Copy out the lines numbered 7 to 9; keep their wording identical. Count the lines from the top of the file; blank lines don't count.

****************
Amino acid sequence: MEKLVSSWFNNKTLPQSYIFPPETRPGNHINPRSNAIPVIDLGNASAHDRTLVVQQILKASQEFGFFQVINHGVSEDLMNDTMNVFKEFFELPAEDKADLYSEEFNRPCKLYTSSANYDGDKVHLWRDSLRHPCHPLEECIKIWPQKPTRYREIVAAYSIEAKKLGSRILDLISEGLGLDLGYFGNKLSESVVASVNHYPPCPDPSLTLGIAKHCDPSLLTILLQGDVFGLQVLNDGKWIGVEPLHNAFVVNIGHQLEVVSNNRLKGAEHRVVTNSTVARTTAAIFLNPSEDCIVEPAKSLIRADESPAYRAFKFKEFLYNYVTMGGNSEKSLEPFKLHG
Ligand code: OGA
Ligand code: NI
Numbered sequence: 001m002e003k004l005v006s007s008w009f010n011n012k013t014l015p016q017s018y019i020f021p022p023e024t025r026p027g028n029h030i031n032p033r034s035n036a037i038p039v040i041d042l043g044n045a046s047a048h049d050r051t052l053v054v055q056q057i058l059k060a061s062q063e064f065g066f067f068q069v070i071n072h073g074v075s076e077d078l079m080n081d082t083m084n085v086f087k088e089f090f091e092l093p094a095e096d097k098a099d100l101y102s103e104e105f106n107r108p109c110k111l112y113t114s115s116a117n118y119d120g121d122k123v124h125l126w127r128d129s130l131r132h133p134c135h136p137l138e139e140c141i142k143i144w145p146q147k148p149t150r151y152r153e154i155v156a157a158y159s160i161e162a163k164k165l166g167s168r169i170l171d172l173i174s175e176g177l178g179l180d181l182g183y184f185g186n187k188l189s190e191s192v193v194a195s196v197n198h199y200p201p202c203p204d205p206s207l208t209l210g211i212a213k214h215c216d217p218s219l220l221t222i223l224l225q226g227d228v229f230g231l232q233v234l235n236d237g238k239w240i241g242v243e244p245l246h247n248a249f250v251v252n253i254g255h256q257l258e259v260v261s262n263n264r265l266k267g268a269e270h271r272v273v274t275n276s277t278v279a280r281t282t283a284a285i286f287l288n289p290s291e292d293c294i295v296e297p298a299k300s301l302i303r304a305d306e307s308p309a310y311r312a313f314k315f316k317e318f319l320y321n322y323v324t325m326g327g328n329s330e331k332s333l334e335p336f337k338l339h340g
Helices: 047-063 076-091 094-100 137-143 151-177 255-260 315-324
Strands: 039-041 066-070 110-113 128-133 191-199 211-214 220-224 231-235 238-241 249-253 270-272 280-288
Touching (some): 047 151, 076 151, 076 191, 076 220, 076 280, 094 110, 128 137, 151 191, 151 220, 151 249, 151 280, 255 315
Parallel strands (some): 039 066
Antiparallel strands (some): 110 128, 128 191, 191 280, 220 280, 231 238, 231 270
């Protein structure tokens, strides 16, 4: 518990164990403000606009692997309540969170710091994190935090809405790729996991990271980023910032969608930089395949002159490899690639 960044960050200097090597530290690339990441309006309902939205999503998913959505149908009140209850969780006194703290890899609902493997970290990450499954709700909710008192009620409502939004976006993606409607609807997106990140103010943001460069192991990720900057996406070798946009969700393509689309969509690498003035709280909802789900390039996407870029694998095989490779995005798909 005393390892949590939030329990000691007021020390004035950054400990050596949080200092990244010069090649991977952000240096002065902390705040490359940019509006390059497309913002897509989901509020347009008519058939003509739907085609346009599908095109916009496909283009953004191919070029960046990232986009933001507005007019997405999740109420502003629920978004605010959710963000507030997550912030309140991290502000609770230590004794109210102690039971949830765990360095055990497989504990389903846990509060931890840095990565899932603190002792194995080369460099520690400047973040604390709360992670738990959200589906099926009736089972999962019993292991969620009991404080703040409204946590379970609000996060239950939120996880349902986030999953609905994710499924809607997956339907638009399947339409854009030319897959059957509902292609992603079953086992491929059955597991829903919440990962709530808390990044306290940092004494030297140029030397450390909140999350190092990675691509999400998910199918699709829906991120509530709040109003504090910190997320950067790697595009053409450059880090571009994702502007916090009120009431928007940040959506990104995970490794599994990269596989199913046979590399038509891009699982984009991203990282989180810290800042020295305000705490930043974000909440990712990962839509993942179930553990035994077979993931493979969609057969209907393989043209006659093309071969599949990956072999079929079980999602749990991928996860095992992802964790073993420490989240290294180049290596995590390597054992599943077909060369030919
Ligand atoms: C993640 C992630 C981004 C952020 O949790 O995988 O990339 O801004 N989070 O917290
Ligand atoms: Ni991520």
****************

Touching (some): 047 151, 076 151, 076 191, 076 220, 076 280, 094 110, 128 137, 151 191, 151 220, 151 249, 151 280, 255 315
Parallel strands (some): 039 066
Antiparallel strands (some): 110 128, 128 191, 191 280, 220 280, 231 238, 231 270